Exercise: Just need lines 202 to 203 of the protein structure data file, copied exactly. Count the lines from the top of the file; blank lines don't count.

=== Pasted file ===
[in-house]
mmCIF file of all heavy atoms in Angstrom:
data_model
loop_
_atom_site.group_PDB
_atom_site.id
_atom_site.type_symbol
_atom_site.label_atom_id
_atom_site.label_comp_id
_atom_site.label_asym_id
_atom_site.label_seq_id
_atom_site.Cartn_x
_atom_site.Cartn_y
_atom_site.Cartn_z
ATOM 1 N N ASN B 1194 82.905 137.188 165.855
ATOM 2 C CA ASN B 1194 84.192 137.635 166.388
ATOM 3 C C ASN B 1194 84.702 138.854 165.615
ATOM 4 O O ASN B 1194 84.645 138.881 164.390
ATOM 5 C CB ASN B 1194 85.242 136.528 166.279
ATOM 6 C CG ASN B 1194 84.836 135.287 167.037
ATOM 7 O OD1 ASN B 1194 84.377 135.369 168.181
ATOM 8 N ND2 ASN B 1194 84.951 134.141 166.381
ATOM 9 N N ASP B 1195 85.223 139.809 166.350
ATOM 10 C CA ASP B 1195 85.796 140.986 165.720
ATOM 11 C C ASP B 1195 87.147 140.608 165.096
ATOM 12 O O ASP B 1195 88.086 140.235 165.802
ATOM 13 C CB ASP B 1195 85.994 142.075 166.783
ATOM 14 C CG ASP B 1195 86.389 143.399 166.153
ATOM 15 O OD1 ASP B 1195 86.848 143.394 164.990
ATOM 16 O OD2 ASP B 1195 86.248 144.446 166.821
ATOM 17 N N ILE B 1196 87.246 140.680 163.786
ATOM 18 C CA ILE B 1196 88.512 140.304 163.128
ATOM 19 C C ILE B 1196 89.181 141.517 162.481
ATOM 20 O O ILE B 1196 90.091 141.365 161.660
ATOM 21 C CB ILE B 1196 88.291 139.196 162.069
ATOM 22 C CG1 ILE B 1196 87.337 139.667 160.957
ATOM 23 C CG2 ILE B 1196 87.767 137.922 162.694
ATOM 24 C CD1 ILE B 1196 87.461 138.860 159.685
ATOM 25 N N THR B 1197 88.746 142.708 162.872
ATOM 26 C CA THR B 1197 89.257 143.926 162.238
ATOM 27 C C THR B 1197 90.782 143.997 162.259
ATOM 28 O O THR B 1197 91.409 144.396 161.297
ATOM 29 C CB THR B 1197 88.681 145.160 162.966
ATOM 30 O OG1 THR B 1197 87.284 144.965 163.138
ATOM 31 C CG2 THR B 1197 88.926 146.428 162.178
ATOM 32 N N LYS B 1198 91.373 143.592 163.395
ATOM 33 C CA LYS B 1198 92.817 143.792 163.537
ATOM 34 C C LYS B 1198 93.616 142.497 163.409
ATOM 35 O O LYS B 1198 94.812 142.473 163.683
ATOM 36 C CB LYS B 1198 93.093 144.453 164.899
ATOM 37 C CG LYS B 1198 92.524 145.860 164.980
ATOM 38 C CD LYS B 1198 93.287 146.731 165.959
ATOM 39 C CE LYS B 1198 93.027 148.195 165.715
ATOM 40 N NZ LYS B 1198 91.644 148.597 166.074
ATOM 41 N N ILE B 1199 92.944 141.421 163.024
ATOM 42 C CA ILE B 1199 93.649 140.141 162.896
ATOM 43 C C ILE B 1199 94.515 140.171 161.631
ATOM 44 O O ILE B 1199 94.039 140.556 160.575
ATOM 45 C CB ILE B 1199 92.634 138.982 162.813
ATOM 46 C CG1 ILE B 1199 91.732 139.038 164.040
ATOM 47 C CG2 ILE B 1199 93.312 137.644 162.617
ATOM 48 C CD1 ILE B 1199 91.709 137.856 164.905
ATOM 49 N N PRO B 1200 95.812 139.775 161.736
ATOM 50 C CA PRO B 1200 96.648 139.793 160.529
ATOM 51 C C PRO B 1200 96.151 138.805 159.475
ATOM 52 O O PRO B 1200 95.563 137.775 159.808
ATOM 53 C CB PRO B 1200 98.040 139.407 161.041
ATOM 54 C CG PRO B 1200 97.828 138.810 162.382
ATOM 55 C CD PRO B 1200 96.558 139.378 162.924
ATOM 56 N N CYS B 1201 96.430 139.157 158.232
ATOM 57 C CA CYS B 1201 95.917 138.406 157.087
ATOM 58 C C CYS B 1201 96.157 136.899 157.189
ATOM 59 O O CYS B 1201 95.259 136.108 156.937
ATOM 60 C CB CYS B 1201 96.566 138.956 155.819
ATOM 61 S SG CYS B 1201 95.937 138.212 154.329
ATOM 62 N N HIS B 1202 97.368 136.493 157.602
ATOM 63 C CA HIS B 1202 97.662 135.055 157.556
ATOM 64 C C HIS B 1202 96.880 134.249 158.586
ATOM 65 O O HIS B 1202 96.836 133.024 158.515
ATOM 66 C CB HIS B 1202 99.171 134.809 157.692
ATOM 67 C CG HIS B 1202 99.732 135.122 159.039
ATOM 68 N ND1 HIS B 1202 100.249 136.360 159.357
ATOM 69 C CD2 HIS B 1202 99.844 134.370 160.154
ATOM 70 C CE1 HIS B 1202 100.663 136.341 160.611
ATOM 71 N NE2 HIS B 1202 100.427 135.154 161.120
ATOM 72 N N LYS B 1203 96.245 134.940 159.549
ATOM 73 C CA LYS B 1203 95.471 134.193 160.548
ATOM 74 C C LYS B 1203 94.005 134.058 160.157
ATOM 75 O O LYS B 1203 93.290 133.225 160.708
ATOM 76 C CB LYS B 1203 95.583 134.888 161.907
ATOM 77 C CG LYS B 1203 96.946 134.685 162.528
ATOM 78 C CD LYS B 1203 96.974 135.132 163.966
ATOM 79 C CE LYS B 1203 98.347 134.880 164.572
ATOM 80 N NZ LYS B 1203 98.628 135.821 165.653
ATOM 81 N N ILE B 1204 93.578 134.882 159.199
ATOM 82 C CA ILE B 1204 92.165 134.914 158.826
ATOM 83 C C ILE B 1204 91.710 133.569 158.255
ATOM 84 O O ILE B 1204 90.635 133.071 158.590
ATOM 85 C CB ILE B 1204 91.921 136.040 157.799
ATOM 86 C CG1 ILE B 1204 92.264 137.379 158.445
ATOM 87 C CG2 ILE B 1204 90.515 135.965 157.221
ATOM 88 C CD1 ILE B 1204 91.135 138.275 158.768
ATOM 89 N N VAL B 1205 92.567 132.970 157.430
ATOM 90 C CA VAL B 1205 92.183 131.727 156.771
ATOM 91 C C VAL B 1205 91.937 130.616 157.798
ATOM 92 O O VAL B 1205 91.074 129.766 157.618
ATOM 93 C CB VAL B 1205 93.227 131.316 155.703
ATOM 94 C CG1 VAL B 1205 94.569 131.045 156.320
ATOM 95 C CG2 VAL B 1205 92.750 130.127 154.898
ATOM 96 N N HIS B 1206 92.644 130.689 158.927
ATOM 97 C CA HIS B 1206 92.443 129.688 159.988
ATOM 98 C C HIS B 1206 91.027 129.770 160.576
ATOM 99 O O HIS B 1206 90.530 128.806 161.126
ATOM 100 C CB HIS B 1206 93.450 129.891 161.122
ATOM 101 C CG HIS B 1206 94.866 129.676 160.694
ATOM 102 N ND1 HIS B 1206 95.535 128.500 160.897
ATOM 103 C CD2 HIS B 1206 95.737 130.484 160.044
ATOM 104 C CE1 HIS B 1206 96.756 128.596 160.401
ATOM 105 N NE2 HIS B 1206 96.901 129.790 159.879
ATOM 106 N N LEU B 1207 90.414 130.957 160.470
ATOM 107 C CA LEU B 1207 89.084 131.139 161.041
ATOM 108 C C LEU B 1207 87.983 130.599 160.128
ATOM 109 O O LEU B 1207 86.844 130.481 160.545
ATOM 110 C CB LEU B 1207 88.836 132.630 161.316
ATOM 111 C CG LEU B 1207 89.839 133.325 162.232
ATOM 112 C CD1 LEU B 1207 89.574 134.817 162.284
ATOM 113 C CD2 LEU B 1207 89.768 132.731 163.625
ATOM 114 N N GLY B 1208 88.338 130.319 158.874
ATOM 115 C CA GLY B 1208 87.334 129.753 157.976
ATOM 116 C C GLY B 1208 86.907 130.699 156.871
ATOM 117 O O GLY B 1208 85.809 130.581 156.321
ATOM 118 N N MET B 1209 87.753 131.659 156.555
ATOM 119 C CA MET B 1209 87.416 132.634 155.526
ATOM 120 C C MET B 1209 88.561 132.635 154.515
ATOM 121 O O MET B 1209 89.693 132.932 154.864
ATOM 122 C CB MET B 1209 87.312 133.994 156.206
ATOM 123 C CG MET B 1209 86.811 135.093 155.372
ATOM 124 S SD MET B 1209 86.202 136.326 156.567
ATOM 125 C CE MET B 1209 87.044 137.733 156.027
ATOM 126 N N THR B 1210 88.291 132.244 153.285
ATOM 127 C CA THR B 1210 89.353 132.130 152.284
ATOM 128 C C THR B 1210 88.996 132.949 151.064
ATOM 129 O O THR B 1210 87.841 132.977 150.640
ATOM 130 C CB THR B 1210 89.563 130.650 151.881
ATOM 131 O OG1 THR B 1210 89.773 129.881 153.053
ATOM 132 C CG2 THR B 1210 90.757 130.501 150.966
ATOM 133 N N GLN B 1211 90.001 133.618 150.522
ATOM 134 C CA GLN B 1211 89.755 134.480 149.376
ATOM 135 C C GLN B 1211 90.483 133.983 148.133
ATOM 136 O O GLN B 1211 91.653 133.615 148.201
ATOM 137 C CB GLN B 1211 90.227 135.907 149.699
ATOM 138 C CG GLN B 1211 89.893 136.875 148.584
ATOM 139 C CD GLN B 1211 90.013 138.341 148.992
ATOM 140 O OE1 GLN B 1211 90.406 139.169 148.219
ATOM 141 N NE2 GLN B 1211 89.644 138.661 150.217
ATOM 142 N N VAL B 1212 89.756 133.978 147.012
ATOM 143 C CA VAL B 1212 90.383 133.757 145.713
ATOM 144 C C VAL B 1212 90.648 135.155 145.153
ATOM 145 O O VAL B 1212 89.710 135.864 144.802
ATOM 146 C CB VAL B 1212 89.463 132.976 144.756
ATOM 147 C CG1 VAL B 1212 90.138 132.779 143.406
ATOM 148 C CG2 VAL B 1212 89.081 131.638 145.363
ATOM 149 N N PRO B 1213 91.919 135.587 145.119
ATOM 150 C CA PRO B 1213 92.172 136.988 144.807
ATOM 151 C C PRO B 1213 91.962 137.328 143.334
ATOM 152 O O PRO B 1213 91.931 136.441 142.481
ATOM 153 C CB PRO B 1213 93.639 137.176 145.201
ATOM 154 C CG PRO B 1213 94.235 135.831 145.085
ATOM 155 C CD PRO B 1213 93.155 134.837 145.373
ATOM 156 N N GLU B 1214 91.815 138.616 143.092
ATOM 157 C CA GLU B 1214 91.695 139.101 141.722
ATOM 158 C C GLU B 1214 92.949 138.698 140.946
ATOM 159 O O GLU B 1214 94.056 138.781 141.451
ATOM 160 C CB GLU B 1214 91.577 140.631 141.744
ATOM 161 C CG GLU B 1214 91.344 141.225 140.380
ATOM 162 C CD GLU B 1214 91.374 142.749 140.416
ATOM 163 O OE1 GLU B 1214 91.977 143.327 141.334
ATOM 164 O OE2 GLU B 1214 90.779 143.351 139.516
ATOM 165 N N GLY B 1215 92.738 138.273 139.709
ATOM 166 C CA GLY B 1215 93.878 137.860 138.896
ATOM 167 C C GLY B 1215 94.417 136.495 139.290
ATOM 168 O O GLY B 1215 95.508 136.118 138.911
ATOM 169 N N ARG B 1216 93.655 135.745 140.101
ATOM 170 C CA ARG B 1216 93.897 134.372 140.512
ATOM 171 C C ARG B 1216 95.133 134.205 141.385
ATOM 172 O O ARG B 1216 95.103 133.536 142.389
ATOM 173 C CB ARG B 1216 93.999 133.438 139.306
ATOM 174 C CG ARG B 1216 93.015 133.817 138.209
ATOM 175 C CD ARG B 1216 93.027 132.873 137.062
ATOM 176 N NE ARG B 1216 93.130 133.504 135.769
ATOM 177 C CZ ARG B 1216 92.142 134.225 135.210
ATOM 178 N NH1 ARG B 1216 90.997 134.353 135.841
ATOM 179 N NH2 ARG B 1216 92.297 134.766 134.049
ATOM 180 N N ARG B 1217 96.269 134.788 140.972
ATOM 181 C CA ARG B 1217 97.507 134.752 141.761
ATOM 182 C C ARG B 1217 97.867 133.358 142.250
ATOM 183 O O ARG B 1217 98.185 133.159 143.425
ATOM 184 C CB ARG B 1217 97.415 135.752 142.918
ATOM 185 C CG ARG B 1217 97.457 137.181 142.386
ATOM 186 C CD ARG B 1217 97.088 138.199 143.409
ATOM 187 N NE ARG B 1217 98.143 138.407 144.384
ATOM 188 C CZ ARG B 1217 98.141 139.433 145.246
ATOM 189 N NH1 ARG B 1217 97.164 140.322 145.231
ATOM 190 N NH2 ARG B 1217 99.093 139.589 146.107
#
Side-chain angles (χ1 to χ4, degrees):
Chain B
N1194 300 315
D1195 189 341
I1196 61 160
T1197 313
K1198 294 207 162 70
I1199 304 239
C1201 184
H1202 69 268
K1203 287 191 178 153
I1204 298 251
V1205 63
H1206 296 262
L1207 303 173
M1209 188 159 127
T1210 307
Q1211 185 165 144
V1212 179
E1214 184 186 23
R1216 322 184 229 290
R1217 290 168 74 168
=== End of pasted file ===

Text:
ATOM 188 C CZ ARG B 1217 98.141 139.433 145.246
ATOM 189 N NH1 ARG B 1217 97.164 140.322 145.231